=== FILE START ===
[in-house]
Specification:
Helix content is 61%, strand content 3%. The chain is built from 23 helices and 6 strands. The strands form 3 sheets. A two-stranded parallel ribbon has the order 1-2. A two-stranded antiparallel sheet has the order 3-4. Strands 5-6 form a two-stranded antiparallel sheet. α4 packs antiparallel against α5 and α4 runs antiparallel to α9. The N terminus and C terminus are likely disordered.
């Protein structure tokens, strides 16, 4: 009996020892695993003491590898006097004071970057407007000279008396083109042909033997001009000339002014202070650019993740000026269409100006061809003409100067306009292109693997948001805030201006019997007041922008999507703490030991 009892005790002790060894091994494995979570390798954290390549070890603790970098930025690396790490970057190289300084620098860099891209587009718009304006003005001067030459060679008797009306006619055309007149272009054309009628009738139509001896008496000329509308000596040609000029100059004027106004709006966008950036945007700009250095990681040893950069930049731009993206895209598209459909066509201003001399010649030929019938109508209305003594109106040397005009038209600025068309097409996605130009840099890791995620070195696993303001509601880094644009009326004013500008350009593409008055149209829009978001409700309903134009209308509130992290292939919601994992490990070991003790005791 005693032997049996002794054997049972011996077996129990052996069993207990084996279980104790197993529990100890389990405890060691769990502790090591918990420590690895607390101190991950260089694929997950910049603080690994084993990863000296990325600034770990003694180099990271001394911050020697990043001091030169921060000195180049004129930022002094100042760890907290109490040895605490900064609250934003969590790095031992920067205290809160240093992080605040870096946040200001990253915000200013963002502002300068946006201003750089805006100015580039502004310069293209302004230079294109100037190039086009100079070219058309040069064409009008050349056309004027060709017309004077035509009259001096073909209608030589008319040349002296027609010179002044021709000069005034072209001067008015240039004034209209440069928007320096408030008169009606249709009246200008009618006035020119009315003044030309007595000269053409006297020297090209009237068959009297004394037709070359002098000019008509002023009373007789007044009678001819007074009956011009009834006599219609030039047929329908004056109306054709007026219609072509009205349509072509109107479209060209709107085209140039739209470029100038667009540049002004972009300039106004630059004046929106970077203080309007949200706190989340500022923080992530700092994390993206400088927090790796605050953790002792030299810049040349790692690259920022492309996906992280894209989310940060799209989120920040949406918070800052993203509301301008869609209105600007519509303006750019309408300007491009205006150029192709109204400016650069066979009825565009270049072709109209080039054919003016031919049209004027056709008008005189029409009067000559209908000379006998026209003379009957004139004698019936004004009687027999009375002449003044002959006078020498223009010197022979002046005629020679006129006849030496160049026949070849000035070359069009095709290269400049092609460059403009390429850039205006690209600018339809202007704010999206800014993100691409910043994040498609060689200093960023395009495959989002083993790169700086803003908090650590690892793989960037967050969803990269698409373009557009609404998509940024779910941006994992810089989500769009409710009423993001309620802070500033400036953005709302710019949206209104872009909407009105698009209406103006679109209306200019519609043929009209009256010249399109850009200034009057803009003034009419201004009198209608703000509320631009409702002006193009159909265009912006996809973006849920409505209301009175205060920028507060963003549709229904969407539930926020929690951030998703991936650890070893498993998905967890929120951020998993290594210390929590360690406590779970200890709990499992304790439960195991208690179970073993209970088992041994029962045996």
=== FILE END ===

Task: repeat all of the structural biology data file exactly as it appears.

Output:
[in-house]
Specification:
Helix content is 61%, strand content 3%. The chain is built from 23 helices and 6 strands. The strands form 3 sheets. A two-stranded parallel ribbon has the order 1-2. A two-stranded antiparallel sheet has the order 3-4. Strands 5-6 form a two-stranded antiparallel sheet. α4 packs antiparallel against α5 and α4 runs antiparallel to α9. The N terminus and C terminus are likely disordered.
């Protein structure tokens, strides 16, 4: 009996020892695993003491590898006097004071970057407007000279008396083109042909033997001009000339002014202070650019993740000026269409100006061809003409100067306009292109693997948001805030201006019997007041922008999507703490030991 009892005790002790060894091994494995979570390798954290390549070890603790970098930025690396790490970057190289300084620098860099891209587009718009304006003005001067030459060679008797009306006619055309007149272009054309009628009738139509001896008496000329509308000596040609000029100059004027106004709006966008950036945007700009250095990681040893950069930049731009993206895209598209459909066509201003001399010649030929019938109508209305003594109106040397005009038209600025068309097409996605130009840099890791995620070195696993303001509601880094644009009326004013500008350009593409008055149209829009978001409700309903134009209308509130992290292939919601994992490990070991003790005791 005693032997049996002794054997049972011996077996129990052996069993207990084996279980104790197993529990100890389990405890060691769990502790090591918990420590690895607390101190991950260089694929997950910049603080690994084993990863000296990325600034770990003694180099990271001394911050020697990043001091030169921060000195180049004129930022002094100042760890907290109490040895605490900064609250934003969590790095031992920067205290809160240093992080605040870096946040200001990253915000200013963002502002300068946006201003750089805006100015580039502004310069293209302004230079294109100037190039086009100079070219058309040069064409009008050349056309004027060709017309004077035509009259001096073909209608030589008319040349002296027609010179002044021709000069005034072209001067008015240039004034209209440069928007320096408030008169009606249709009246200008009618006035020119009315003044030309007595000269053409006297020297090209009237068959009297004394037709070359002098000019008509002023009373007789007044009678001819007074009956011009009834006599219609030039047929329908004056109306054709007026219609072509009205349509072509109107479209060209709107085209140039739209470029100038667009540049002004972009300039106004630059004046929106970077203080309007949200706190989340500022923080992530700092994390993206400088927090790796605050953790002792030299810049040349790692690259920022492309996906992280894209989310940060799209989120920040949406918070800052993203509301301008869609209105600007519509303006750019309408300007491009205006150029192709109204400016650069066979009825565009270049072709109209080039054919003016031919049209004027056709008008005189029409009067000559209908000379006998026209003379009957004139004698019936004004009687027999009375002449003044002959006078020498223009010197022979002046005629020679006129006849030496160049026949070849000035070359069009095709290269400049092609460059403009390429850039205006690209600018339809202007704010999206800014993100691409910043994040498609060689200093960023395009495959989002083993790169700086803003908090650590690892793989960037967050969803990269698409373009557009609404998509940024779910941006994992810089989500769009409710009423993001309620802070500033400036953005709302710019949206209104872009909407009105698009209406103006679109209306200019519609043929009209009256010249399109850009200034009057803009003034009419201004009198209608703000509320631009409702002006193009159909265009912006996809973006849920409505209301009175205060920028507060963003549709229904969407539930926020929690951030998703991936650890070893498993998905967890929120951020998993290594210390929590360690406590779970200890709990499992304790439960195991208690179970073993209970088992041994029962045996």